When the company realized that being a young woman did not preclude my ability to bring value to the role, they handed me back what I had rightfully earned. For the remainder of my time in Singapore, I did my absolute best to learn from this experience and let it be reflected in the talent-driven hiring choices I made for my team, which led to 50 percent of my sales team being local, Singaporean women. 

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Society’s Pressure on Women’s Business

During our chat, Priya made a great point that women in tech are working against a socially structured clock: You need to be old enough to be taken seriously — but not too old that you’re deemed uncool. 

Throughout our careers, Priya and I have both witnessed decisions being made for women in their careers that were based on what society thinks a woman should be doing at different stages in her personal life. For example, I have personally watched as otherwise kind, male leaders provided unwarranted opinions about an applicant's qualifications based on the fact that they had just had a child. 

How to Know If You’re Presenting Bias

We need to let women make their own career decisions. Leaders need to become more critical of themselves and their biases while hiring for a role. If you’re unsure of whether or not you are presenting bias, ask yourself the following question: “Would I be second-guessing this person’s qualifications for the role if they were a man with similar life circumstances?”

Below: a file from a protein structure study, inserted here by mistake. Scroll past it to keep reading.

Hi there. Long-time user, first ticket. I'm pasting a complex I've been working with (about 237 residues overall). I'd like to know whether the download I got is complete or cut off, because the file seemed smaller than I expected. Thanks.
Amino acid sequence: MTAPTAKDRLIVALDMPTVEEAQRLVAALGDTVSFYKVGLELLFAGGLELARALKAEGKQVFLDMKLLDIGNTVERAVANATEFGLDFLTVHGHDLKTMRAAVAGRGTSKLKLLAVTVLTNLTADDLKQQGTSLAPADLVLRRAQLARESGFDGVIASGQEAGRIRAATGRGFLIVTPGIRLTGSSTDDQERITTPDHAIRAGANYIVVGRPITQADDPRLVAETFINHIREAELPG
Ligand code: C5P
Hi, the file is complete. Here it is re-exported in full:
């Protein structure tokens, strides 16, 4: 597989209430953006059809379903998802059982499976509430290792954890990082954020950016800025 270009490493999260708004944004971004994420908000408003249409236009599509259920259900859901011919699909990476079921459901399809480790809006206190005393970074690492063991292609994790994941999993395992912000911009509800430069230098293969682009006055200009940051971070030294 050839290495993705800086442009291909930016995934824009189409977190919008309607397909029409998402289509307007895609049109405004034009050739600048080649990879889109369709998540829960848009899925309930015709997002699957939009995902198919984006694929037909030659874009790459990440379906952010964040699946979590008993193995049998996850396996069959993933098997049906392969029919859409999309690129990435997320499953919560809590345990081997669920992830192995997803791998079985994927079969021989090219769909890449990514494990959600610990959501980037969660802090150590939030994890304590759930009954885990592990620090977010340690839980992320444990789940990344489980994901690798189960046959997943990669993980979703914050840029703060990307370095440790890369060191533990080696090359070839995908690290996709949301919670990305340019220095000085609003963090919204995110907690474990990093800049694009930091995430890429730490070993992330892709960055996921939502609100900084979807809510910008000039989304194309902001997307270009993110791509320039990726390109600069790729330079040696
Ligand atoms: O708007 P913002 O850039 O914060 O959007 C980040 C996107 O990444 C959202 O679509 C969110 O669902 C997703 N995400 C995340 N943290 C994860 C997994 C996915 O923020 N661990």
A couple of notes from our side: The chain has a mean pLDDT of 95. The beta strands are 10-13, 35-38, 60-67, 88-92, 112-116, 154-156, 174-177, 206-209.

This is where unconscious bias training can be very eye opening, and it’s why I am so proud that Hootsuite has made it mandatory. Without awareness, we will continue behaving in a way that we think is compassionate, not realizing that we are actually getting in the way of another person’s growth. 

This is not to say that picking a woman for a role means we are checking the diversity box. Picking the qualified person for the role, bias aside, is what diversity in the workplace should mean. 


Advice to Melissa, Age 20 

There is no way to plan for what’s coming your way. 

I could have never imagined where my career has taken me. I spent so much of my 20s concerned with a clear path, goals and specific steps. It felt like my career depended on every single move I made, which made any risk feel a lot riskier than it should have.